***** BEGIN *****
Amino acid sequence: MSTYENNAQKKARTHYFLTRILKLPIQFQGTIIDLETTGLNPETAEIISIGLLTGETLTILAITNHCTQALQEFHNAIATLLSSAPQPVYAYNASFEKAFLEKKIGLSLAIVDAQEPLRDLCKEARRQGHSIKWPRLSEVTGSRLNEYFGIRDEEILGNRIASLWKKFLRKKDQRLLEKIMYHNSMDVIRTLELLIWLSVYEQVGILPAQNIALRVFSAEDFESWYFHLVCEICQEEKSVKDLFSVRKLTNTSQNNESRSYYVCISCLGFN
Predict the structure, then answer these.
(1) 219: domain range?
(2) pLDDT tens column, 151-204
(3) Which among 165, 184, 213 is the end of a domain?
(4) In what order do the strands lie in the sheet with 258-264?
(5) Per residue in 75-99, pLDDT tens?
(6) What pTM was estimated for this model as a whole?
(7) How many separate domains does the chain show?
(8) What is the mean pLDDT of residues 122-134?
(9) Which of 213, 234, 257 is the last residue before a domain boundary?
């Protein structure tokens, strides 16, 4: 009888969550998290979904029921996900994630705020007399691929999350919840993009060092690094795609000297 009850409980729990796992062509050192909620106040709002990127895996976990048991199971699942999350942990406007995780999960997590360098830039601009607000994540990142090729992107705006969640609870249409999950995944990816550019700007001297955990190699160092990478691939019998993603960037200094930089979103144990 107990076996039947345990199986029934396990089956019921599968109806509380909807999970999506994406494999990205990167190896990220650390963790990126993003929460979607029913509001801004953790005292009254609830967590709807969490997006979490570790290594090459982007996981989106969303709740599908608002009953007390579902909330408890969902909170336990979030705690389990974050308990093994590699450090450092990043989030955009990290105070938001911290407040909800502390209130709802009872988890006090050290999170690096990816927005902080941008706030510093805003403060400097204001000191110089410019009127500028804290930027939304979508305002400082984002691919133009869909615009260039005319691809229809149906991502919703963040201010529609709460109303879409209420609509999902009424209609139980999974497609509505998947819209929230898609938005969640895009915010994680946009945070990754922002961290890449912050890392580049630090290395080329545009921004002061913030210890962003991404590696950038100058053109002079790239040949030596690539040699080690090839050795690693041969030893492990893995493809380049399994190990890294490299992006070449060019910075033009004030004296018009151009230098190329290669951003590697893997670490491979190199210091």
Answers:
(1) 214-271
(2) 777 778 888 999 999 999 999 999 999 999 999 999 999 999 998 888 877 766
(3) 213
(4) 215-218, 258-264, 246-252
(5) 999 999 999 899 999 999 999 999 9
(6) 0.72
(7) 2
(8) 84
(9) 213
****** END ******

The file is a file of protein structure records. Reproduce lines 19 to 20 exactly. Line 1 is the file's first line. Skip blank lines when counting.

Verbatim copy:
(6) 0.72
(7) 2